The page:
Sunesis boosted by ASH data while cash concerns remain
Data presented by Sunesis Pharmaceuticals at the American Society of Hematology (ASH) meeting on its lead leukaemia drug voreloxin prompted a much needed 23% jump in the company’s share price this morning, to 90 cents.
Unfortunately, the Sunesis story is a familiar one among the world’s biotech minnows at the moment, of dwindling cash piles and limited options. With cash only lasting until mid 2009 at the latest, for the story to have a happy ending a source of funds needs to gallop over the horizon very quickly.
Sunesis presented data yesterday from the 55-patient Reveal-1 trial, evaluating voreloxin in previously untreated elderly patients with acute myeloid leukaemia (AML) who are unlikely to benefit from standard induction therapies; a challenging patient population.
Interim data showed an overall remission rate in 11 or 38% of the first set of 29 patients tested, exceeding the pre-specified complete remissions criteria, while five patients had levels of cancerous blood cells reduced to less than 5%. A mortality rate of 17% was similar to chemotherapy. Early results from the second group of patients was encouraging.
Positive results from another voreloxin trial were also reported at ASH, a phase Ib/II study in combination with Cytarabine in relapsed AML. The company is considering both of these indications to take forward into phase III trials, but clearly it will need a partner.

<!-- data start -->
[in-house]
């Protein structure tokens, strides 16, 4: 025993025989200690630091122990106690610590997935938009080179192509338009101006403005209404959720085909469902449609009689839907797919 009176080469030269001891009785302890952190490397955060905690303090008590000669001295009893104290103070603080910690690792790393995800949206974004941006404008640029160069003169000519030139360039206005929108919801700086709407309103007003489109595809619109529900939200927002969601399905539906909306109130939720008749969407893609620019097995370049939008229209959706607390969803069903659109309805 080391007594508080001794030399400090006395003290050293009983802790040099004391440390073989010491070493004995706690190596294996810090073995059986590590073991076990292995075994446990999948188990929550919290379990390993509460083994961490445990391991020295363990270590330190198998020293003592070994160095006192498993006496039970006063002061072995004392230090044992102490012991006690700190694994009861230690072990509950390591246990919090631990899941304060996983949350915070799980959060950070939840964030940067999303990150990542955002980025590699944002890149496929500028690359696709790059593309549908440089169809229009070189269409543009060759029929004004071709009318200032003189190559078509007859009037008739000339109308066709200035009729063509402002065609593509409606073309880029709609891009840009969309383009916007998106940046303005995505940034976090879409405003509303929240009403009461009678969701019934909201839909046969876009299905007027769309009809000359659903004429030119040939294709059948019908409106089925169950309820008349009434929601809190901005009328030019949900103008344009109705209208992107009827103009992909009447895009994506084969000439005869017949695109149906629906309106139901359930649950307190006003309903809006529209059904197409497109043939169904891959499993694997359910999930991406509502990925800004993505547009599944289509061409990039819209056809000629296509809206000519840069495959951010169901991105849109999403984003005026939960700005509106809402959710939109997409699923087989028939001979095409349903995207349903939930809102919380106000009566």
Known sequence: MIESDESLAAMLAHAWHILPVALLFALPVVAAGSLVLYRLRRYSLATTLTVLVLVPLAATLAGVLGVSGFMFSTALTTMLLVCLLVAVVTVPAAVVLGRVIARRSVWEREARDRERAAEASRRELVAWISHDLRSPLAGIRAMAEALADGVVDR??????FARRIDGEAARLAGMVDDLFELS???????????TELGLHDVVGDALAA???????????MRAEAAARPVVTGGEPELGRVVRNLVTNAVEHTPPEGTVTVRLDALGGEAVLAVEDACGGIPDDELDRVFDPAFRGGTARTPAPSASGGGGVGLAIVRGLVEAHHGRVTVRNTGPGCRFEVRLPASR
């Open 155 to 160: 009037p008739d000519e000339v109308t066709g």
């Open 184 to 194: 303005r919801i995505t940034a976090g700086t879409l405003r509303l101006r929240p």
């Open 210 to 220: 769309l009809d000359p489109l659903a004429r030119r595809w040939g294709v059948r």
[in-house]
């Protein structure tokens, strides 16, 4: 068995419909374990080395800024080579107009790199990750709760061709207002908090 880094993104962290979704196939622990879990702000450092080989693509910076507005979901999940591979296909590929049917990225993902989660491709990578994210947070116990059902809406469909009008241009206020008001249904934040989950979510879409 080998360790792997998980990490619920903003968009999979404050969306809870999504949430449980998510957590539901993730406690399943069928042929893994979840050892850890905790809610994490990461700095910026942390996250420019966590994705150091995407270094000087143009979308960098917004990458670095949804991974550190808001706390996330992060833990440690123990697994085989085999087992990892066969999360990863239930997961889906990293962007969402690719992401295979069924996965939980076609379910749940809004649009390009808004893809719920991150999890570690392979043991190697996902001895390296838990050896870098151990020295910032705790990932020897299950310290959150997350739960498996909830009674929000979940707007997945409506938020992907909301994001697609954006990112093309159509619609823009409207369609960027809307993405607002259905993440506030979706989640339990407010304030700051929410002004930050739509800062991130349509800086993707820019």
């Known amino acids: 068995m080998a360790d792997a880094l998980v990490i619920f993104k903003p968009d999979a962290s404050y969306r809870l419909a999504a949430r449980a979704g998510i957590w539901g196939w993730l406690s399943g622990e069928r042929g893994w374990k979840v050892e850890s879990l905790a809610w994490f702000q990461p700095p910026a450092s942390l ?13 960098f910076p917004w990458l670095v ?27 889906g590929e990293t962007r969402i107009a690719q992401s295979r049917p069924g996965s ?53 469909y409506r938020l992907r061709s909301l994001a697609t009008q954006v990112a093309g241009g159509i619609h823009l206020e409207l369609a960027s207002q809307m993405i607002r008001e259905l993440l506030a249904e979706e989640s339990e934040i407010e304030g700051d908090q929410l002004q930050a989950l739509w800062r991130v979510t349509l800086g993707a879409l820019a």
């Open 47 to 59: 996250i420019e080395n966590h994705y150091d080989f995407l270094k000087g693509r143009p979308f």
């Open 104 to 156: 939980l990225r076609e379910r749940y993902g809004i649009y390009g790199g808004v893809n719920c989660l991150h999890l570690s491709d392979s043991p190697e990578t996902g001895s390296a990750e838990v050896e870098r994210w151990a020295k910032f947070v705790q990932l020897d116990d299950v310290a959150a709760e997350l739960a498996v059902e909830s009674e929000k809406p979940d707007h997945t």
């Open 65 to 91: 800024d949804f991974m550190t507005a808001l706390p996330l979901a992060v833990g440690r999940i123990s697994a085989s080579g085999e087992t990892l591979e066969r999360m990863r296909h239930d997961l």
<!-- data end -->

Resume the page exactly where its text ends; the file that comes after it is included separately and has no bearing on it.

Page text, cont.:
Plug the gap
Final data from a phase II trial of the drug in ovarian cancer is due around June next year. If interested parties want to see the full phase II data set across all indications before signing up, Sunesis is going to need some cash to bridge the gap.
On the plus side, Sunesis has already started to pare back costs, but with phase II trials ongoing, this can only be achieved to a certain extent. What the company does have going for it is a platform technology called Tethering, a novel fragment-based drug discovery approach.
The platform has led to five research deals being signed, including programmes with Biogen Idec, Johnson & Johnson and Merck & Co, which have not only validated the technology, but will provide useful milestone payments should the various candidates involved progress through trials.
However, the majority of the deals cover projects that are still pre-clinical or phase I, meaning chunky payments are unlikely for a few years yet. After receiving $10m last year from its various collaborations, analysts are forecasting income of $8 and $9m this year and next.
With $18m left in the bank at the end of September, a cash injection is clearly needed, or today's share price jump is going to be short lived.